Tuesday, March 3, 2015 1:39PM  1:51PM 
G24.00013: Quantum pressure in molecules and solids: Influence of magnetic fields and spinorbit coupling on electron localization Jianmin Tao, Shi Liu, Fan Zheng, Andrew M. Rappe The most important concept in chemistry is chemical bond, which has been used by chemists to explain the properties of molecules and solids as well as chemical processes. Considerable efforts~[1,2] have been made toward a simple and yet fundamental understanding of this concept. Here we formulate the quantum pressure in an external magnetic field, allowing us to study the influence of magnetic fields and spinorbit coupling on electron localization in molecules and solids. We find that electrons in conjugated molecules become more localized in strong magnetic fields, due to the induced currents. We demonstrate that the quantum pressure not only can reveal electronic shell structures of atoms~[3], but also can be used to visualize bonding structures of molecules and solids, significantly extending the applicability of this descriptive tool. \\[4pt] [1] A.D. Becke and K.E. Edgecombe, J. Chem. Phys. 92, 5397 (1990).\\[0pt] [2] A. Savin, R. Nesper, S. Wengert, and T.F. F\"assler, Angew. Chem. Int. Ed. Engl. 36, 1808 (1997).\\[0pt] [3] J. Tao, G. Vignale, and I.V. Tokatly, Phys. Rev. Lett. 100, 206405 (2008). [Preview Abstract] 

G24.00014: ABSTRACT WITHDRAWN 
Tuesday, March 3, 2015 2:03PM  2:15PM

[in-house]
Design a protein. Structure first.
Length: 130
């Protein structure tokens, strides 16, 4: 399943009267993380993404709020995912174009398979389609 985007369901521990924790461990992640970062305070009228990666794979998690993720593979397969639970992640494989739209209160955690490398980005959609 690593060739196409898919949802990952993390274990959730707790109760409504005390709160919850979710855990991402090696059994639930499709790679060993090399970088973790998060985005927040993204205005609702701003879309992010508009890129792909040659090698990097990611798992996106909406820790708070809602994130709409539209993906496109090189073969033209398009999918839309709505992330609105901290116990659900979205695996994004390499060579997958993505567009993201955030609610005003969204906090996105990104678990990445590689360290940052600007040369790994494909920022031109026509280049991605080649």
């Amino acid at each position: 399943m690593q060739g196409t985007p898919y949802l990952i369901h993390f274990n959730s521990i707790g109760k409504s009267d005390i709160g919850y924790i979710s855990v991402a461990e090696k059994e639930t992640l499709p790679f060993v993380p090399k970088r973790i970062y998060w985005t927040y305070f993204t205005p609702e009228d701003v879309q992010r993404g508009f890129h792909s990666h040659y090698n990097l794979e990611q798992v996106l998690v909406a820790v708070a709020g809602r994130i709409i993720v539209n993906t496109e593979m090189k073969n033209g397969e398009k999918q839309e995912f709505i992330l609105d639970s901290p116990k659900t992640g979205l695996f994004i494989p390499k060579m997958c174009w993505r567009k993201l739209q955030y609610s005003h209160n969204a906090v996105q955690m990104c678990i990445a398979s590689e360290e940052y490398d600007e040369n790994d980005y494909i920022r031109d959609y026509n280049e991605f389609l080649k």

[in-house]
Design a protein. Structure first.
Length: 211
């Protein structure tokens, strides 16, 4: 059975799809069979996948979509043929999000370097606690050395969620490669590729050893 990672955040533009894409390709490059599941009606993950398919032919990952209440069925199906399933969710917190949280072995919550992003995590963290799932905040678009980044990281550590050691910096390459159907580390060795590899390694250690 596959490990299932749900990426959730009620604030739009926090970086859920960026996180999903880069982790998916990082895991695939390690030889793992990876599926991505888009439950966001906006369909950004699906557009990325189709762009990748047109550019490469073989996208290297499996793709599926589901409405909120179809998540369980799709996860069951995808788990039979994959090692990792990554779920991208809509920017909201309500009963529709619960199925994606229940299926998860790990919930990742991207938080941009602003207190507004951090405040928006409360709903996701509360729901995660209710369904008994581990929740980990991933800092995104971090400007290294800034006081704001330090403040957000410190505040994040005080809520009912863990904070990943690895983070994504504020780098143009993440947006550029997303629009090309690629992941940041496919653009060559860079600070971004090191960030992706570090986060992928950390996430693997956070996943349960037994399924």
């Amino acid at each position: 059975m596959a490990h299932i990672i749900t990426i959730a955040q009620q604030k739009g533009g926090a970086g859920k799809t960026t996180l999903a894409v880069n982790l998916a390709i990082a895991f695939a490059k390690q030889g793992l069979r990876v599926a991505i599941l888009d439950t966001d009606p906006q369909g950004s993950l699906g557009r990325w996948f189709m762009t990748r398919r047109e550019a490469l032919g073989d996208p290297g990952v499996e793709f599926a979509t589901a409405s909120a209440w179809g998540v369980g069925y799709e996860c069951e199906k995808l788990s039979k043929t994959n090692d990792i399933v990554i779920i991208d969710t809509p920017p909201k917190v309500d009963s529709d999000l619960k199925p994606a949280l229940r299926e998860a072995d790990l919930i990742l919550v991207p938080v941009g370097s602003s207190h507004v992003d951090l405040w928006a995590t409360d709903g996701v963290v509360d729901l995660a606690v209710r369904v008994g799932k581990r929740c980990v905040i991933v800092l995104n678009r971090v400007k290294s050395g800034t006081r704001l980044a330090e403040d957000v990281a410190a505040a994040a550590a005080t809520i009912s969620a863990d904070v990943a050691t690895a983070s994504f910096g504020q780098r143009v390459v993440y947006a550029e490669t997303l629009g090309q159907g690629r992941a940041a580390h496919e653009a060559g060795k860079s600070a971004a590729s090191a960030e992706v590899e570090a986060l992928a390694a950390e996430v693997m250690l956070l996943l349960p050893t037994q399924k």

G24.00015: Firstprinciples study of twodimensional electride: Yttrium carbide Chandani Nandadasa, Sungho Kim, SeongGon Kim, Young Lee, Sung Kim Electrides are an exclusive class of ionic compounds in which electrons serve as anions. We have performed firstprinciples density functional theory (DFT) calculations to investigate the structural, electronic and magnetic properties of twodimensional layeredstructure yttrium carbide (Y$_{2}$C). Generalized gradient approximation (GGA) with Projector Augmented Potentials (PAW) was used to obtain optimized lattice parameters, energy band structure, charge density and density of states (DOS) plots for Y$_{2}$C. The theoretically predicted structure of Y$_{2}$C is in good agreement with the experimental results. The band crossing the Fermi energy level proved that Y$_{2}$C has metallic properties. Additionally projected electronic density of states profiles were obtained to identify the electronic contribution from Y, C and nonatomic orbital located in interstitial site. The results of these calculations indicate that the presence of trapped electrons within the Y$_{2}$C interlayers. Furthermore, surface energies of YY and YC were calculated and charge densities were plotted with these surfaces. Magnetization density plots were used to obtain magnetic properties. [Preview Abstract]